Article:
Posts by David Clark

Thinking critically about the Liverpool Care Pathway

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It is almost 20 years since ideas about an integrated pathway for the care of the dying were formulated by John Ellershaw and his colleagues in Liverpool. When I first heard the originator speak about it at a lunchtime seminar in Sheffield in November 2001, I recall a two-fold reaction. On the one hand it… Continue reading

Can palliative care improve society? Cicely Saunders and the moral order of dying

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In 1961 Cicely Saunders, in a short article written for a general audience, observed:  ‘A society which shuns the dying must have an incomplete philosophy’ [1]. The remark is loaded with import. In her observation, ‘the dying’, seem to constitute a known social category. Not only neglected, they are persistently avoided, ignored, or rejected through… Continue reading

A moment for compassion

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In recent times I have been struck by the widespread use of the term ‘compassion’. It is being colonized by many groups, organisations  and discourses – sometimes with rather opposing purposes. Widely used by the supporters of palliative care, it has also been adopted by those that promote assisted dying. It is found in the… Continue reading

Celebrating the centenary of Cicely Saunders

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Dame Cicely Saunders (courtesy of Christopher Saunders’)

In 2018 we are celebrating the centenary of the birth of Cicely Saunders. She is the acknowledged founder of the modern hospice movement which led to the creation of the palliative care specialty. So we can expect to see a wide range of events and activities to mark the occasion, not only in her own country, but… Continue reading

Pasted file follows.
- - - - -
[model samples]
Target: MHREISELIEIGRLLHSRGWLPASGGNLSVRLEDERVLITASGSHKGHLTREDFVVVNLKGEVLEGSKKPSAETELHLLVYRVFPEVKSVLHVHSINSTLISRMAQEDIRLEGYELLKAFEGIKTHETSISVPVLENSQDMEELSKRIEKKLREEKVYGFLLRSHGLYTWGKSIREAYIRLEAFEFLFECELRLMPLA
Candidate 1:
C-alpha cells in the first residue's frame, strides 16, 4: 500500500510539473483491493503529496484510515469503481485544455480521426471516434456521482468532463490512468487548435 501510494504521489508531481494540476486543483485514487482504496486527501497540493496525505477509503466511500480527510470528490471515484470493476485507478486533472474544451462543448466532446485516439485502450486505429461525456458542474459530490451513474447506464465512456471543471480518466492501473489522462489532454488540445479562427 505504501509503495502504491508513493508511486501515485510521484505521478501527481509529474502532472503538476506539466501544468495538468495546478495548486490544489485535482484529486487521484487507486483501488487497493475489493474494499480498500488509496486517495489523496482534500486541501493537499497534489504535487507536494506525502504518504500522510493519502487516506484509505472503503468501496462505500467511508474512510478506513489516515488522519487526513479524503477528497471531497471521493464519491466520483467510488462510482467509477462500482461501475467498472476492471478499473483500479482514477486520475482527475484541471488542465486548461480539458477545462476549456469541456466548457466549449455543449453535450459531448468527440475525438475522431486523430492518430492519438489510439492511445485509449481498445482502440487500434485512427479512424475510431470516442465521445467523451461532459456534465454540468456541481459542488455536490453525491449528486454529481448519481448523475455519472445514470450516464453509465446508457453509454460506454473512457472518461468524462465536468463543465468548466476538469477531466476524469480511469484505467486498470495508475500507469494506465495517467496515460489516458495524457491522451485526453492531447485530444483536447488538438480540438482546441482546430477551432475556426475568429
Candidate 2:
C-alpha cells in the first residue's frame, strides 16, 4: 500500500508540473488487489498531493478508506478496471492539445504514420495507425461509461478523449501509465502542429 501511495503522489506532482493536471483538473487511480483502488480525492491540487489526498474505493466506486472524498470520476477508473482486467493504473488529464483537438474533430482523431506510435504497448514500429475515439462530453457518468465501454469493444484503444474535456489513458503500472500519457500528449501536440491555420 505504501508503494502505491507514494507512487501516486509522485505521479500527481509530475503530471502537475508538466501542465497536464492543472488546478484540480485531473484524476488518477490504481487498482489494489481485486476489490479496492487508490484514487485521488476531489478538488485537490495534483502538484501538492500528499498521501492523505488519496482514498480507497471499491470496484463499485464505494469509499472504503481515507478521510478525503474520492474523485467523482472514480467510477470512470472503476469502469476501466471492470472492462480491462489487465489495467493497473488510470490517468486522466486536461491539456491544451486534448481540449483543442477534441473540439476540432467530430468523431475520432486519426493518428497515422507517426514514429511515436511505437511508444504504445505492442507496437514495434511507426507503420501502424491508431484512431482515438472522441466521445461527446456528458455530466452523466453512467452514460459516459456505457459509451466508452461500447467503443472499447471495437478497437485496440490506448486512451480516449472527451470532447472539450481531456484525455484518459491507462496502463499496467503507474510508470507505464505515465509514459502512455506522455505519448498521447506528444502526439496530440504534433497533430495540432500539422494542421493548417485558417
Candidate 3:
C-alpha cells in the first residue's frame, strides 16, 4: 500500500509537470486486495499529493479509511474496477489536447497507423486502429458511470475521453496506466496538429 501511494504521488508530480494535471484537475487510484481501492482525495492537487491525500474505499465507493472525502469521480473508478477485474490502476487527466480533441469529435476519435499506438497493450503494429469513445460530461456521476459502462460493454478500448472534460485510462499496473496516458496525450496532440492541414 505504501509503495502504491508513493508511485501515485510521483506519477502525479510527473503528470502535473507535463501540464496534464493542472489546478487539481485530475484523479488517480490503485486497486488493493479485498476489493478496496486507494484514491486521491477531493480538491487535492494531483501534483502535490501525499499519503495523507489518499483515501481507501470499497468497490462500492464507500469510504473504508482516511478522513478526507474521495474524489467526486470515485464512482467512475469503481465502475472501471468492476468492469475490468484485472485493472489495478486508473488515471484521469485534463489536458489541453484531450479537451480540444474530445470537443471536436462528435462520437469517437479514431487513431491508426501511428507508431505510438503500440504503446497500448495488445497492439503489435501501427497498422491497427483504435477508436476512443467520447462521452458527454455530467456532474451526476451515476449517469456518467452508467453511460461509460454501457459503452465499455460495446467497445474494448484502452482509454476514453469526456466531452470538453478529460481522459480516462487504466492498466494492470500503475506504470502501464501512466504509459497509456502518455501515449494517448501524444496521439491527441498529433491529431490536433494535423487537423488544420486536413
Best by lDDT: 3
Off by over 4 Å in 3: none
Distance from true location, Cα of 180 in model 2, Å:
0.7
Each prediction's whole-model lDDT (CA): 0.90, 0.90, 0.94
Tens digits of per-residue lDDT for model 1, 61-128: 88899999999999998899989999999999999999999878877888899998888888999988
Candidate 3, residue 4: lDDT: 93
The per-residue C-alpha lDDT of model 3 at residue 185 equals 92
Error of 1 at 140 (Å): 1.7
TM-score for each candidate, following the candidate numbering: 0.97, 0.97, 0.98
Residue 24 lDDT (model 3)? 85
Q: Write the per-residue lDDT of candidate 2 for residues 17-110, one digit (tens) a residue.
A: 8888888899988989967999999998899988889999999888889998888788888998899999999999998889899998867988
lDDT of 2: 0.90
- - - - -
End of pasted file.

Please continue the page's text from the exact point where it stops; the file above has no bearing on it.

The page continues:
Intergenerational housing with care

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Professor David Clark

There’s a buzz around about ‘mixing’ across the generations, bringing benefits to young and old alike. The Channel Four series about the St Monica Trust ‘Old People’s Home for Four Year Olds’ showed the exciting things that happen when children and older residents spend sustained time together, and also made for great viewing. Hospices like… Continue reading

Pain relief and palliative care around the world – new ideas from a Lancet Commission

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We have very few global landmarks in the evolution of palliative care. So when a new one comes along it is important to take note, to reflect, and to consider the implications. The report of the Lancet Commission on Pain and Palliative Care is such a work. I was fortunate to be asked to join… Continue reading

Why we compared the level of provision of specialist palliative care services in Scotland with European benchmarks

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L-R Michelle Gillies, David Clark, Hamilton Inbadas, José Miguel Carrasco

Our latest study on the provision of palliative care in Scotland has a focus on the delivery of specialist services. We recognise of course that much  palliative care is also delivered in non-specialist settings: in general practices, across hospitals, in care homes, and in the community. A big driver within the Scottish Government’s 2015 Strategic… Continue reading